Don Cruickshank, the London Stock Exchange's (LSE) surprise choice as chairman, is expected to emerge as the non-executive chairman of the combined Anglo-German Stock Exchange group if the merger with the German Stock Exchange goes through next week.
With the talks entering a crucial phase this week, the LSE has been trying to bolster its negotiating position with the Germans by letting it be known that Gavin Casey, the LSE chief executive, has also been talking to Nasdaq, the American exchange which is looking for a way to break into the European market.
The precise share-out of the top jobs in a London-Frankfurt deal has yet to be agreed although Werner Seifert, chief executive of the German exchange has insisted on the hands-on role.
Mr Cruickshank, who in addition to his £340,0000-a-year salary will share in an £8m share and options package if the deal goes through, secretly met Mr Seifert and other senior German exchange executives early last week before his appointment as LSE chairman was officially announced on Thursday. The pair - both former McKinsey consultants - are believed to have struck up a warm working relationship.
One source said yesterday: "It is a nonsense to suggest that Mr Cruickshank would join as chairman without having secured some assurances about his future position in the event of a merger going through."
The Germans, who are seen as having the stronger negotiating hand in the wake of a series of cock-ups by the LSE, recognise the value of having a heavyweight British chairman to counter suggestions that the deal is a German takeover rather than a merger of equals in which London's interests will be fully respected.
More contentious is likely to be the share split, with LSE sources saying over the weekend that London wanted a merger of equals structure.
This is in spite of the larger market value of the German Exchange.
Goldman Sachs and Deutsche Bank, which have been grooming the German Exchange for a flotation within the next six weeks, have put a tentative value of 1.5bn euros on the exchange - which includes Eurex, the German futures market - compared with 1bn (£700m) for the LSE.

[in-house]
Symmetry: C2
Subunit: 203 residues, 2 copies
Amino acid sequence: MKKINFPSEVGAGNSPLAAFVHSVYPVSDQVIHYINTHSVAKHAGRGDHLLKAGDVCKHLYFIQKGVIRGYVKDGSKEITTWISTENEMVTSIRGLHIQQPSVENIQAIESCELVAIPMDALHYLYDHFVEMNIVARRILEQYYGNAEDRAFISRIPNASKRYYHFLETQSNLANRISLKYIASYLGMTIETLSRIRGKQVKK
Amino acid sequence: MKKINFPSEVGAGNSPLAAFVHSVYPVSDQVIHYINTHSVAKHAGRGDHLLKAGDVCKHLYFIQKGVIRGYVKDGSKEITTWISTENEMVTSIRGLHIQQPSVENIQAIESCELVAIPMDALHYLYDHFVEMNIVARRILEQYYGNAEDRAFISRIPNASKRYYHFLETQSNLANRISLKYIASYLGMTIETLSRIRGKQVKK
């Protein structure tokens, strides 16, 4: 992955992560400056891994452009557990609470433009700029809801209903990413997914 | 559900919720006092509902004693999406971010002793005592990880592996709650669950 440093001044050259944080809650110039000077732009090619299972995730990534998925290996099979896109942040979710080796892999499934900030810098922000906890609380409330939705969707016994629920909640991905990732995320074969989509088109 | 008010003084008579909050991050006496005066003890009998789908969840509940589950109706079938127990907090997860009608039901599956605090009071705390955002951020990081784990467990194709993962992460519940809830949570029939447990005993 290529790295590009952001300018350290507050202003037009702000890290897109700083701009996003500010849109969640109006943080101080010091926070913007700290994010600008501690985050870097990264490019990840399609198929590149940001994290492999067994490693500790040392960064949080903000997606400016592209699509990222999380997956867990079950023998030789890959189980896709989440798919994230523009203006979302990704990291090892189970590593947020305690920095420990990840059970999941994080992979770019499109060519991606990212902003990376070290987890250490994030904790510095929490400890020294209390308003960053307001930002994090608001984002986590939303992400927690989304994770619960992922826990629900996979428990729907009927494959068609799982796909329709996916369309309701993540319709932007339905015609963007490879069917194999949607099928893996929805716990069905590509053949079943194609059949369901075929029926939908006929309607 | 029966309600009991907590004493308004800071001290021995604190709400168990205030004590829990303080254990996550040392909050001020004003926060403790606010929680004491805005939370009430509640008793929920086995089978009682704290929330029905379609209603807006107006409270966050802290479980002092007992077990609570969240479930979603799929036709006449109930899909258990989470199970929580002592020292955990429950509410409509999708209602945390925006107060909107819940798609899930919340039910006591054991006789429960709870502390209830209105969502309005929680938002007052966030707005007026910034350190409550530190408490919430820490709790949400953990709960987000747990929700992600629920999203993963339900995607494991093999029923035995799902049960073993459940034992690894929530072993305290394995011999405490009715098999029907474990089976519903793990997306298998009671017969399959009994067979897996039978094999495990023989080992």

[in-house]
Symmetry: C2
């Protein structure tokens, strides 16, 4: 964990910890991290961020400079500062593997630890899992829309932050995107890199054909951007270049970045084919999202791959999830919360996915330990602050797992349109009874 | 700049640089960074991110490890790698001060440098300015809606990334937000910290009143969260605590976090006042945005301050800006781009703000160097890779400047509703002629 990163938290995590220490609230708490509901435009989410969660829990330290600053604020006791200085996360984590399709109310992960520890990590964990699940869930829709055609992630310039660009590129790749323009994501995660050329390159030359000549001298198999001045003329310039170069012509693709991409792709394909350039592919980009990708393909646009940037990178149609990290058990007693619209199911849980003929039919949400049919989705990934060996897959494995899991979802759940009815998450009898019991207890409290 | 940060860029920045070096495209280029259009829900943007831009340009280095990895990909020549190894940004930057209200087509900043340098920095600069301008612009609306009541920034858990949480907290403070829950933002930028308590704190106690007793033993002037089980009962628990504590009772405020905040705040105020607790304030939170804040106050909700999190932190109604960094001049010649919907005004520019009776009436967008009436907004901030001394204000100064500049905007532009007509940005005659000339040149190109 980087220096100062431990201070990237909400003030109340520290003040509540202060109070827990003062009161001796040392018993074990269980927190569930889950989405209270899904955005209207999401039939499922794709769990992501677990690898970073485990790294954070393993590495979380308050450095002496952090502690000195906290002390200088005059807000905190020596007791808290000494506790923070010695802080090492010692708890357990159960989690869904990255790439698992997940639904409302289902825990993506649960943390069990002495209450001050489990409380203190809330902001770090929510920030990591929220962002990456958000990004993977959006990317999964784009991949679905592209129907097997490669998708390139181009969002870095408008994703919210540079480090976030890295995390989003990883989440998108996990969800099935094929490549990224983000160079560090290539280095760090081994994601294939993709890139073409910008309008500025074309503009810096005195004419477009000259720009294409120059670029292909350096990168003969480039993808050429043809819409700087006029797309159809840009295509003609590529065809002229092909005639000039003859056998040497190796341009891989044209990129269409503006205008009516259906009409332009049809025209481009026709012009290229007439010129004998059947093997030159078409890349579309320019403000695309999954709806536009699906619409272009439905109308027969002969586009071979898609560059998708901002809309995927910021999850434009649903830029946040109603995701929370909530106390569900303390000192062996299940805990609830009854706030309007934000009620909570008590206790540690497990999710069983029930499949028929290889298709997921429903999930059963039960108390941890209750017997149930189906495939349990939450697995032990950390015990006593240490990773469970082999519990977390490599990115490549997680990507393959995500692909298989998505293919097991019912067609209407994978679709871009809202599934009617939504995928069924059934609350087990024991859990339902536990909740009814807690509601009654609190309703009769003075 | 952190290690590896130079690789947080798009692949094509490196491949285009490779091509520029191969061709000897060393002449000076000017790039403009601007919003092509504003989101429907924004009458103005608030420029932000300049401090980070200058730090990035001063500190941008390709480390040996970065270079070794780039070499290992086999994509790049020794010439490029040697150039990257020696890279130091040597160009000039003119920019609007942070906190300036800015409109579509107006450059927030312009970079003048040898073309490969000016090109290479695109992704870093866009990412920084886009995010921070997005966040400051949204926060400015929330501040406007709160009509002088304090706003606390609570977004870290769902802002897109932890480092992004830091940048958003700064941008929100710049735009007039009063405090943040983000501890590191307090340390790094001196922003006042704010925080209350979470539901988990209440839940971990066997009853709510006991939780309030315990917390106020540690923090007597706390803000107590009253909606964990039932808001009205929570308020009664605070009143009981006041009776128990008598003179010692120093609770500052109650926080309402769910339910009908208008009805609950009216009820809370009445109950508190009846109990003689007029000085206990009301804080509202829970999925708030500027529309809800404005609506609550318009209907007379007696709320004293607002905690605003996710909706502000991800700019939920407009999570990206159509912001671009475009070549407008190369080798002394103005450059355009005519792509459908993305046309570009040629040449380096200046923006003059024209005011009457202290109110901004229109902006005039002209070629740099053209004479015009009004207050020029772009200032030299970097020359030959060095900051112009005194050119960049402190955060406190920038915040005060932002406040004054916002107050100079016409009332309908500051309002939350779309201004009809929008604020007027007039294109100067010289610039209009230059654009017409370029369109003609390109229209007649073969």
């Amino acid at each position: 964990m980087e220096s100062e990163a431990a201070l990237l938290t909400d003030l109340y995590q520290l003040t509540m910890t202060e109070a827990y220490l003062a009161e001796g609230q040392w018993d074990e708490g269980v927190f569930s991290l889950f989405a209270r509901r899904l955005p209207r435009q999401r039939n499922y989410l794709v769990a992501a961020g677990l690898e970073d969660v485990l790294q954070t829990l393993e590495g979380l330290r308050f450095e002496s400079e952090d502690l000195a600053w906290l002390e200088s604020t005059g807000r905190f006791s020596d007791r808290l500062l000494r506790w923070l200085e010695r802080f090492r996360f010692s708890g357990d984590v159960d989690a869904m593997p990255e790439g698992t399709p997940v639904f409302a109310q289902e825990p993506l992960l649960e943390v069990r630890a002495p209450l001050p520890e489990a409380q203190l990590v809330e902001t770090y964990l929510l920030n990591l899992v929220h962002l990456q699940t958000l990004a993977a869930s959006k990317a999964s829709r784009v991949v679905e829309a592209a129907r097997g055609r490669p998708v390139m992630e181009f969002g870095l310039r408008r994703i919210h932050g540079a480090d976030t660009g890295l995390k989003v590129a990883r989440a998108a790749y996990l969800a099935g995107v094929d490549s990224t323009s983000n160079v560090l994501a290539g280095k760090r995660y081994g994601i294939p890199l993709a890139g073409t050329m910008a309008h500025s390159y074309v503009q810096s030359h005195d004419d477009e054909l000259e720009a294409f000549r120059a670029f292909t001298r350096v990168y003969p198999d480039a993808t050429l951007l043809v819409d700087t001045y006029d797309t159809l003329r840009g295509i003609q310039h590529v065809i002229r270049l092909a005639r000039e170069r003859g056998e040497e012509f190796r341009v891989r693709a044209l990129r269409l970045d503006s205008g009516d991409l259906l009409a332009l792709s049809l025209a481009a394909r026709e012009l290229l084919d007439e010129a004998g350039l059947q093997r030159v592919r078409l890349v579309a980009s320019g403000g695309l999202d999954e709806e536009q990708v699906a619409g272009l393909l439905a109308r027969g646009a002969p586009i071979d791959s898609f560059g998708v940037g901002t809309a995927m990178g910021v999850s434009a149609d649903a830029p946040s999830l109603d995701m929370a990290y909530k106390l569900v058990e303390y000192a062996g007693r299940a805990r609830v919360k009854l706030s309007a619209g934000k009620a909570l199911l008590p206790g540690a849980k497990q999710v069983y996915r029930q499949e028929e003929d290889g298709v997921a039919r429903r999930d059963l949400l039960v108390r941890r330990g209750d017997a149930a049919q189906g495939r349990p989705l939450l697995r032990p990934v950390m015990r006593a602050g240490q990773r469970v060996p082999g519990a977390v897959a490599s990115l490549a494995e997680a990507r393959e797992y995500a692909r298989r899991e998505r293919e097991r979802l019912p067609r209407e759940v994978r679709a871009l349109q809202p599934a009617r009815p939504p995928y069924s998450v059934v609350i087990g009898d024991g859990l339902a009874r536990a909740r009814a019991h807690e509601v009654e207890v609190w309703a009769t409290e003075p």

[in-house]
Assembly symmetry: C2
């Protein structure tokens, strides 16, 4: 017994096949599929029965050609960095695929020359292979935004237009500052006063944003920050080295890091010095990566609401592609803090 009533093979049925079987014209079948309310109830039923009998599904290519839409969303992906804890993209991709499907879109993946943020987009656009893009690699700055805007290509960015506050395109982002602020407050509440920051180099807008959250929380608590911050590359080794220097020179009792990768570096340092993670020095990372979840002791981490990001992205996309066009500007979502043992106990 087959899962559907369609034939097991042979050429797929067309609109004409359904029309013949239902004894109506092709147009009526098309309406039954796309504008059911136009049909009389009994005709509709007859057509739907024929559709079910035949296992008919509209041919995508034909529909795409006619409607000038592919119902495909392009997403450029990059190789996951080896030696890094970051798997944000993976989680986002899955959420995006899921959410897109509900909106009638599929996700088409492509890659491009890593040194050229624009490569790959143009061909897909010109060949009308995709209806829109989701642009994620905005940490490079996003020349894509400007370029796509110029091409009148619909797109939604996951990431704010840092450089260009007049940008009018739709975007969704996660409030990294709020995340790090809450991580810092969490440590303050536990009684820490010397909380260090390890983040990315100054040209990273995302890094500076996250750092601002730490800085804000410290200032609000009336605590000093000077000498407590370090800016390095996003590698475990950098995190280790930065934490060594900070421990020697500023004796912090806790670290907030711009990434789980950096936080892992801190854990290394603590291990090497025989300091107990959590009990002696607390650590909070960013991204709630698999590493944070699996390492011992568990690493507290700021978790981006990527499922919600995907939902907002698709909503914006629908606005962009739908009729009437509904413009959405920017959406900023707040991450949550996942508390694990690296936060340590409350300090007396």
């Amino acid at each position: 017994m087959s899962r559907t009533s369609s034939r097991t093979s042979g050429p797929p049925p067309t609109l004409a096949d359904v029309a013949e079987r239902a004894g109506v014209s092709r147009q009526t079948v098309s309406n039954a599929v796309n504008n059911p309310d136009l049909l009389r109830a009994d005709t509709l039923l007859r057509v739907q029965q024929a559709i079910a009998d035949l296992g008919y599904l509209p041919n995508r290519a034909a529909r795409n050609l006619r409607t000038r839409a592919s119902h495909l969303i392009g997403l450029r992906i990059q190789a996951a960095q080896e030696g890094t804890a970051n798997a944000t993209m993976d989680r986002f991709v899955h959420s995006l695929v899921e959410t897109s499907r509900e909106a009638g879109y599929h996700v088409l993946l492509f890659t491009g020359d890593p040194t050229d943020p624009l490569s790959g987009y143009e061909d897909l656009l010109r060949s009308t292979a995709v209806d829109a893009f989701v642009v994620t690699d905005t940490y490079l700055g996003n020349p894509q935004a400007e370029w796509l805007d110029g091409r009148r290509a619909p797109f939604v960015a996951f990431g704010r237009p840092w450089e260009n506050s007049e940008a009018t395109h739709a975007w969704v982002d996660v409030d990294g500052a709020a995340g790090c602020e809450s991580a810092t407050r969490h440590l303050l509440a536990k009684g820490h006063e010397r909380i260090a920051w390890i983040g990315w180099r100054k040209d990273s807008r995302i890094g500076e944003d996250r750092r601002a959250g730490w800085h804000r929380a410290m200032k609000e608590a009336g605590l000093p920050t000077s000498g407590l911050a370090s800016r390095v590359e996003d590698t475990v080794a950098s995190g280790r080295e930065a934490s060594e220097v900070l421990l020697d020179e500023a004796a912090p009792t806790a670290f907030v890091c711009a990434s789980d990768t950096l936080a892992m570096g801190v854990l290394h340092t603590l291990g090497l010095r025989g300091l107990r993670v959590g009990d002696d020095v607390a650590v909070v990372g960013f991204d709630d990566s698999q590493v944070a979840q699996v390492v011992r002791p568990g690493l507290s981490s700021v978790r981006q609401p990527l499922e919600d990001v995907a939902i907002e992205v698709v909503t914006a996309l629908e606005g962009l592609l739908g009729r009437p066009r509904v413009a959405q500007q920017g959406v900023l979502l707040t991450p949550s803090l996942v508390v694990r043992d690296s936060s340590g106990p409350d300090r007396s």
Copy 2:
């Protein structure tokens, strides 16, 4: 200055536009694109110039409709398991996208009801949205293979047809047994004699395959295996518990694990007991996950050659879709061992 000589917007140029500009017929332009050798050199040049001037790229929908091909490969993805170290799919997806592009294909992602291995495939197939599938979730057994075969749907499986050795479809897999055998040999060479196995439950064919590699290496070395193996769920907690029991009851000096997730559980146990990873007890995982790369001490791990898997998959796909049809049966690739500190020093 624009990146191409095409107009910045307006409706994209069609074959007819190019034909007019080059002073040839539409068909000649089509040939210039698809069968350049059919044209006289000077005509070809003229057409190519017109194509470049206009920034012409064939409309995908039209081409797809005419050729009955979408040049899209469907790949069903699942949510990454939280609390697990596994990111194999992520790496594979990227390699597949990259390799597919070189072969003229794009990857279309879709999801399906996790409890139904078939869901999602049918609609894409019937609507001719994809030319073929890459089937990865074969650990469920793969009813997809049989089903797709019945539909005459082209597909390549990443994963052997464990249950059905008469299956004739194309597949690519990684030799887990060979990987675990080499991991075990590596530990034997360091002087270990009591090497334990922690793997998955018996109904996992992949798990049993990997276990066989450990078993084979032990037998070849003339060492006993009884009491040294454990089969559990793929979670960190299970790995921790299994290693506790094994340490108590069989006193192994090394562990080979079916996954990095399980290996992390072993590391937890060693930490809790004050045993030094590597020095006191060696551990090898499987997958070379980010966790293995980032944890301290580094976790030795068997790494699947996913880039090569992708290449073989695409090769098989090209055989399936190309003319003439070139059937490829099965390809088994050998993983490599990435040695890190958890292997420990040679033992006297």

That Initial Public Offering (IPO) which was due to be approved by the German Exchange's Supervisory Board on 4 May may now have to be shelved or postponed.
Talks between the two sides continued over the Easter weekend and it is believed that a deal is close.
LSE sources yesterday insisted that nothing had been settled. However, it is clear that the big global investment houses who are the prime customers of both exchanges want a deal.
An agreement by the Germans to remove Clearstream, their clearing and settlement operations, from the merger may go some way to redressing the balance on valuation.
However, the Germans are still believed to be insisting on a 60:40 split as fairer to their own shareholders.
The Germans have already won the argument over the technology platform, with Xetra, the Frankfurt system, having been chosen in preference to the much-hated SETS. Frankfurt is also seen as having the edge over trading in technology stocks with its Neuer Market having already established a more serious investor profile than London's hastily concocted alternative, TechMark.
In a separate development, Crest, which handles the settlement for London Stock Exchange-traded shares, is to slash its charges by two-thirds.
The reductions are likely to be backdated to January and save investors as much as £20m a year.
The move comes as competition between the clearing houses hots up.
Earlier this month, the London Clearing House, which handles clearing for derivatives and commodities trade in London, announced a ground-breaking deal with the French-led Euronext grouping which will enable it to move increasingly into cash clearing, traditionally, in London at least, Crest's preserve.
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